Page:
Confrontation is not Faux Pas

by Stacey

I remember the first time someone I had just met tried to give me a kiss on the cheek here in France. Quite honestly I wanted to run away. Apparently “the kisses” (one small kiss on each cheek) is the French equivalent to the American hug. Each time it happens my former missions professor pops into my head and says, “Remember, it’s not good, it’s not bad, it’s just different.” I have since gotten used to kissing people on the cheeks instead of a hug, but there are still plenty of other things to get used to. 

For example, in my verylimited experience with French culture, I would dare to say that confrontation is not faux pas. In America, we hear a lot about self-esteem. We value “positive reinforcement” and have to be careful not tell our children to “be quiet” but instead to “listen more.” At work or in the church, we make sure we sandwich any confrontation in a praise. Such as: “You are a really hard worker and we sure do appreciate you. However, you have been late every day for the last six weeks. We know you can do better!” We want to deal with the problem, but in a way that the person does not feel attacked. For fear of being labelled a grammar nazi most of us bite our tongues when we hear grammatical mistakes, especially with non-native speakers. Even with close friends, we generally wait for “what do you think?” before offering our advice. 

Does Anyone Care About My Self-Esteem?

But, as I have found, this is not the case within French culture. People do not apologize for correcting you or think there is anything “faux pas” about it. For example, we have been told how to properly clean our house, the importance of wearing shoes outside, that we need to be more stern with our children, and that we need to be less stern with our children. When we pick our children up from school, some of their teachers stand waiting with a list of what our children did wrong and they never apologize for giving us bad reports. 
Further, the freedom people feel in correcting our French is astounding. I have started meeting with a woman regularly whom I met in a grocery store. Turns out she was looking for someone to converse with her in English, and I for someone to converse with in French. The first day we met together, I came down the stairs of our apartment building, and realizing it was colder then I had expected, yelled to her across the street that was going to go back upstairs to get a jacket. She yelled back across the street that “jacket” was a feminine word and thus I had assigned it the incorrect article.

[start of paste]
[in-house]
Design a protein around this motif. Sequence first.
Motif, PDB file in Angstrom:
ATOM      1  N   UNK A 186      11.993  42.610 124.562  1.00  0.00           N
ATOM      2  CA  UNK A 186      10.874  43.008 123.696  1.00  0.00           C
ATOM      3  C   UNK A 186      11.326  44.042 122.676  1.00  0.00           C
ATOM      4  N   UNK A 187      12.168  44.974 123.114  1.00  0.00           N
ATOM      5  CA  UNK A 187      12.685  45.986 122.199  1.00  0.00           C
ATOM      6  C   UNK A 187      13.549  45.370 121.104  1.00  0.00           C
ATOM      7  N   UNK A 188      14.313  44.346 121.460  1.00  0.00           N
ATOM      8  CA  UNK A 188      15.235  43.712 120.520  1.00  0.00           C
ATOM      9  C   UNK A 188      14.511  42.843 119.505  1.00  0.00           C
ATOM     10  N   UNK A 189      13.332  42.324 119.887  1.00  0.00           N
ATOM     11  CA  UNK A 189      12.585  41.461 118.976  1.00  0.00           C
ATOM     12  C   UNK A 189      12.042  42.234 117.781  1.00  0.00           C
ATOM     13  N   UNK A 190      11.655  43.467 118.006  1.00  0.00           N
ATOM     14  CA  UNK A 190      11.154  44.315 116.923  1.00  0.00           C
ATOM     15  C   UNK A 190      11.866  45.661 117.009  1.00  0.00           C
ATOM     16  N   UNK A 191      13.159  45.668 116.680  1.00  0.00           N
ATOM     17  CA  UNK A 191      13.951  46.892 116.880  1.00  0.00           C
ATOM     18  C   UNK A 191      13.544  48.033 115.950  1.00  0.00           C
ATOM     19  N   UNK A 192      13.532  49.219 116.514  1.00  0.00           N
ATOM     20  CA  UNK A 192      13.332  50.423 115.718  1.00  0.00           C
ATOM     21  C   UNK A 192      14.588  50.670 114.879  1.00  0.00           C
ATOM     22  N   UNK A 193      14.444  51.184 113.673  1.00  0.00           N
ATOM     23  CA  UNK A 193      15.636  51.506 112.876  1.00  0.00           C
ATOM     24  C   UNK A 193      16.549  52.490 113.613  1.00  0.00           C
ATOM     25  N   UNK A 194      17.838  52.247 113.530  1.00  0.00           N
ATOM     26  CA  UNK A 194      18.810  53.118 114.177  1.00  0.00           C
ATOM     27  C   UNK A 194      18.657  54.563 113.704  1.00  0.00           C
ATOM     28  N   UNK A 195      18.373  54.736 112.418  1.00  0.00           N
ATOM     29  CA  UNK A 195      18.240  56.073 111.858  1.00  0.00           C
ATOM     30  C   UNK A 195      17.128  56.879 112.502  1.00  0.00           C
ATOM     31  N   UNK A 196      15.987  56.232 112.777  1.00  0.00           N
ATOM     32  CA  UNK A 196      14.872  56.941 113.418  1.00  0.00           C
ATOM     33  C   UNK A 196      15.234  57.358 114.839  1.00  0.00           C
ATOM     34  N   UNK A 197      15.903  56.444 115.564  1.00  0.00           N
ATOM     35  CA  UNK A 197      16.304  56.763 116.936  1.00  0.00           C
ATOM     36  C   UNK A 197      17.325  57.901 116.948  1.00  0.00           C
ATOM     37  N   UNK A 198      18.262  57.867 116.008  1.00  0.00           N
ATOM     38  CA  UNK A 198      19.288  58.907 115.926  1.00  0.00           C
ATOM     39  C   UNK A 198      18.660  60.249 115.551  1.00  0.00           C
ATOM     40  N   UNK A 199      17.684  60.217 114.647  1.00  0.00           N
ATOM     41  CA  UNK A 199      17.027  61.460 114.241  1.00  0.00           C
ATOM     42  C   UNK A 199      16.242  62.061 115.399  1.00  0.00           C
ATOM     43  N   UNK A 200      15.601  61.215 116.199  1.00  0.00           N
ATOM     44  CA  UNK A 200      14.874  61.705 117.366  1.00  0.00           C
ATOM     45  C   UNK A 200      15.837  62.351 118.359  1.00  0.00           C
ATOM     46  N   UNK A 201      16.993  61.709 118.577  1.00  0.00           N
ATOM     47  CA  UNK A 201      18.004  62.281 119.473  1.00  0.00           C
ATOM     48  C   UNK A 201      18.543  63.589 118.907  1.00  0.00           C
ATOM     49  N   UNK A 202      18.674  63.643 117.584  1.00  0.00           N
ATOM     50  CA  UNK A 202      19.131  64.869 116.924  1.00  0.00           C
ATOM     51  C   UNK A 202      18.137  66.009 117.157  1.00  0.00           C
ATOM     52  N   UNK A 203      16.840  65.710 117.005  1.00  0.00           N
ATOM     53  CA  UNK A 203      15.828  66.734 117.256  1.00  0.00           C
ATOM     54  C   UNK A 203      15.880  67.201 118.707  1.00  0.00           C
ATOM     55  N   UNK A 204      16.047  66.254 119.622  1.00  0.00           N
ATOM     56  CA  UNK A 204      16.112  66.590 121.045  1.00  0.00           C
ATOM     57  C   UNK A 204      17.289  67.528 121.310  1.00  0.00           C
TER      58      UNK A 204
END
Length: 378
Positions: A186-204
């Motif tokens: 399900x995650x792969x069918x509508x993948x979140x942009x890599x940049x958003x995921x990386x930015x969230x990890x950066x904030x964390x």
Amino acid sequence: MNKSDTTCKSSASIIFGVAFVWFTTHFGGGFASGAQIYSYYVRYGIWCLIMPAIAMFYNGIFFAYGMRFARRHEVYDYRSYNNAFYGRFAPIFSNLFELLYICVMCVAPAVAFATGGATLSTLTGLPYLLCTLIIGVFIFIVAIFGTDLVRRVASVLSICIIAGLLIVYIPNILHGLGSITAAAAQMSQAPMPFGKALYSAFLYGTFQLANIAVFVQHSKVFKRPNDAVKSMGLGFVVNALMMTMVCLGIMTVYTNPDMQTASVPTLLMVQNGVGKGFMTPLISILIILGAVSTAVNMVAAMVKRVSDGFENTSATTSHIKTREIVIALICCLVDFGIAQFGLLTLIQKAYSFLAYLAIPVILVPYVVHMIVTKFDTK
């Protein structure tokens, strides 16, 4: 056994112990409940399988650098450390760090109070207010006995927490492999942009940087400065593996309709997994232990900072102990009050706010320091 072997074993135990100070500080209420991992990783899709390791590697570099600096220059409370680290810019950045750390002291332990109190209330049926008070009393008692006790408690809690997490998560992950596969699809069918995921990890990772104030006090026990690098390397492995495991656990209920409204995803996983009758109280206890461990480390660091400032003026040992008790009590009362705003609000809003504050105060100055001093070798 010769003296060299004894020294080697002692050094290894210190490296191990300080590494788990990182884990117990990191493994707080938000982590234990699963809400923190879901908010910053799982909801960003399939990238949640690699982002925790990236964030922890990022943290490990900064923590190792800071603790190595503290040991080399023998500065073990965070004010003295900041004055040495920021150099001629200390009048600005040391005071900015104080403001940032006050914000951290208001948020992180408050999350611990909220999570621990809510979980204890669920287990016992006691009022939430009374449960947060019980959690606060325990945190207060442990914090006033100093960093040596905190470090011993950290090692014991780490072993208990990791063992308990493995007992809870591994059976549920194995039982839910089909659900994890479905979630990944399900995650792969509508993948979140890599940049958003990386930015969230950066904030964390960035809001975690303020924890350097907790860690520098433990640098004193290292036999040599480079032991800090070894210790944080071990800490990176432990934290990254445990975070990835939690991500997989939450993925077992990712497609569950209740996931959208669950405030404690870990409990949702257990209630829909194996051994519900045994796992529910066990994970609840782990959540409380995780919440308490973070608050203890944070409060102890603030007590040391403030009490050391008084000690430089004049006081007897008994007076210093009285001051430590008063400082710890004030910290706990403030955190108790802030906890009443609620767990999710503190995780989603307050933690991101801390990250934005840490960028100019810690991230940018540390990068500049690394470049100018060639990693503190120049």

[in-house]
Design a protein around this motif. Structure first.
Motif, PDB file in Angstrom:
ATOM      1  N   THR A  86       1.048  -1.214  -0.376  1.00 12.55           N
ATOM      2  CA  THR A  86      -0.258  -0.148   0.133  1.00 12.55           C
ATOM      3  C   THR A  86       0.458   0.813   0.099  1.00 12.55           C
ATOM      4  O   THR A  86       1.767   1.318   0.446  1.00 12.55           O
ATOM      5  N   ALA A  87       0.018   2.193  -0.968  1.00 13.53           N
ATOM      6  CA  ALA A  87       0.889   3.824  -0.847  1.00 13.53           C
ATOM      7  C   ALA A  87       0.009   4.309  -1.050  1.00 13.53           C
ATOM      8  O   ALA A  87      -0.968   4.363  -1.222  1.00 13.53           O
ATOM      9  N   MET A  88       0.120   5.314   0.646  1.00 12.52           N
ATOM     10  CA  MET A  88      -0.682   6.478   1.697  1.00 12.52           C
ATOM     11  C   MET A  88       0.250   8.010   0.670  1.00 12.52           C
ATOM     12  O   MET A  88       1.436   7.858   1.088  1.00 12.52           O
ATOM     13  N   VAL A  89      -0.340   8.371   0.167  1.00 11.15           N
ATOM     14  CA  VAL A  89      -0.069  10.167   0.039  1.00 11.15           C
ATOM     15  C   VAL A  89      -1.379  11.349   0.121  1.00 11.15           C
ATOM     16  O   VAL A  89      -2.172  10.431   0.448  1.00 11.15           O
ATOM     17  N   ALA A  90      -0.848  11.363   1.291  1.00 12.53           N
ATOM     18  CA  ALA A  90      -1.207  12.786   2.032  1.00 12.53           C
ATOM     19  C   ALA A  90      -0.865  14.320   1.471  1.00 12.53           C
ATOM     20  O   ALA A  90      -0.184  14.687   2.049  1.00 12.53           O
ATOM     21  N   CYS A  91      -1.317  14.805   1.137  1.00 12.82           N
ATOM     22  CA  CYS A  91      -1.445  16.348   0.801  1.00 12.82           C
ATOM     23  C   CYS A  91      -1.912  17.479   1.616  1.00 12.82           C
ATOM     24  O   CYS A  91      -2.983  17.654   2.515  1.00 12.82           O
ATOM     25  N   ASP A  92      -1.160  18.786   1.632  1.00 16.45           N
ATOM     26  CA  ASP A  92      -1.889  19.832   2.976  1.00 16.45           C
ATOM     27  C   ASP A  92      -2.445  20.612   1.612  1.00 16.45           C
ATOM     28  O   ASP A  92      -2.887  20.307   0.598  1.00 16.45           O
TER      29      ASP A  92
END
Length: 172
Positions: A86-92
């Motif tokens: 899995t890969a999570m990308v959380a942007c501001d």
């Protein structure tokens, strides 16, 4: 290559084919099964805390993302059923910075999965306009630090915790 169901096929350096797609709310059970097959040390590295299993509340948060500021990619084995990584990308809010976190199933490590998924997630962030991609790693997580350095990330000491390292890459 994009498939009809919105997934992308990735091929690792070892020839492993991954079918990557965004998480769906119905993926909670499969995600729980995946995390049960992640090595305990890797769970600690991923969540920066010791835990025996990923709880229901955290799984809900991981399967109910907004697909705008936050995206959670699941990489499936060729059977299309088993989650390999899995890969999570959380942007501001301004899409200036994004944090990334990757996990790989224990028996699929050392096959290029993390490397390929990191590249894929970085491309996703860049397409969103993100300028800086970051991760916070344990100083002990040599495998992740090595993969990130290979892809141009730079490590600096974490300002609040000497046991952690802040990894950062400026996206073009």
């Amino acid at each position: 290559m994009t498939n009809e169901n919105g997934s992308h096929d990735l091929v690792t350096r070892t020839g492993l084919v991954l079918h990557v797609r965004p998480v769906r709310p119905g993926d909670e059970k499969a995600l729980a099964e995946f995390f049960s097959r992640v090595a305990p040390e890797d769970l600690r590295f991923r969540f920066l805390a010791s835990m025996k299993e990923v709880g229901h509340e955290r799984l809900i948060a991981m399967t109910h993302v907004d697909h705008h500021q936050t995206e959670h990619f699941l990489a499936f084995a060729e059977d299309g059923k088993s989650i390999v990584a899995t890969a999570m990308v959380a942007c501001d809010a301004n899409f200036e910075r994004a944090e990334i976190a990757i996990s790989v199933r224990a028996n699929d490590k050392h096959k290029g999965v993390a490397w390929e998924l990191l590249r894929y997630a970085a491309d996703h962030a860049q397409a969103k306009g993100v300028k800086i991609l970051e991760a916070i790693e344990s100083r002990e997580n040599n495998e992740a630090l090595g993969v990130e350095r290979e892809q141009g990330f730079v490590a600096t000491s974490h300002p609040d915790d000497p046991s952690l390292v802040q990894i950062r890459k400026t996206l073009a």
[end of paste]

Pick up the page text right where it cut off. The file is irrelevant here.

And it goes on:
And, so far my recent favorite story: I had a terrible toothache for weeks. Finally I found a dentist, and as he was drilling my tooth (without numbing me first!) he kept talking to me and expecting a response (I guess that is a global phenomenon). When he freed my jaw enough for me to make a response, I confused my verb tenses…and he corrected me! I could barely speak at all due to all the pain and I was expected to speak in French correctly?

A More Loving Way?
Strangely enough, through all of this, we have not felt unloved, but more loved. We do not just have a school committed to us learning French, it seems we have an entire country devoted to us speaking their language properly. We have people who are concerned for our health, our children, and our French article usage. We have people correcting us, not spitefully, but with a smile. We do not feel like we are in middle school, embarrassed because we do not fit in, but instead we feel like we are on a team with coaches instructing us for our betterment. It is like being surrounded by those friends who are not afraid to lovingly tell you that you have food on your face or a spouse who whispers to you that you are talking too much.
Honestly, sometimes it is a bit exhausting being constantly corrected. But, in reality, correction is a grace. This is no where more evident than in the book of Proverbs. Proverbs 8:33 says, “Hear instruction and be wise, and do not neglect it.” We are not to cringe when people confront us. We are not to defend ourselves or argue as to why we are right, but instead we are to see it as a grace to help us improve. Being in this culture has taught us to be a little more thick-skinned and to be humble enough to receive instruction because we know we need to change, especially in the area of learning French.
There is nothing wrong with warm praise and careful thoughtful confrontation (which has been more my experience in America), but I am coming to see that even if a culture confronts differently, my role is nonetheless to treasure wisdom, instruction, and rebuke. So in whatever culture you are living in right now, I challenge you to see instruction and correction as a grace and do not defend yourself. Be wise and do not neglect the opinions of spouses, roommates, parents, and brothers and sisters in Christ as they help you to become a better person, even if it comes packaged in a way that might rub you the wrong way.  I think this culture may be closer to the biblical understand that confrontation is a kindness, not an offence.
“Let a righteous man strike me- it is a kindness; let him rebuke me- it is oil for my head;
let my head not refuse it.”   Psalm 141:5
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Author: David M. Hare

Dave is currently still engaged in language learning and analysis of the Kwakúm language. His focus is grammar and discourse analysis. The Kwakúm language committee is planning to begin translating the Bible in the summer of 2019. At that point Dave will focus on translation.

2 thoughts on “Confrontation is not Faux Pas

  1. It seems you have to ask for anesthetic here, Mike. The dentist said that people don't open their mouths as large when they are numb so he usually tries to do as much as he can without it!

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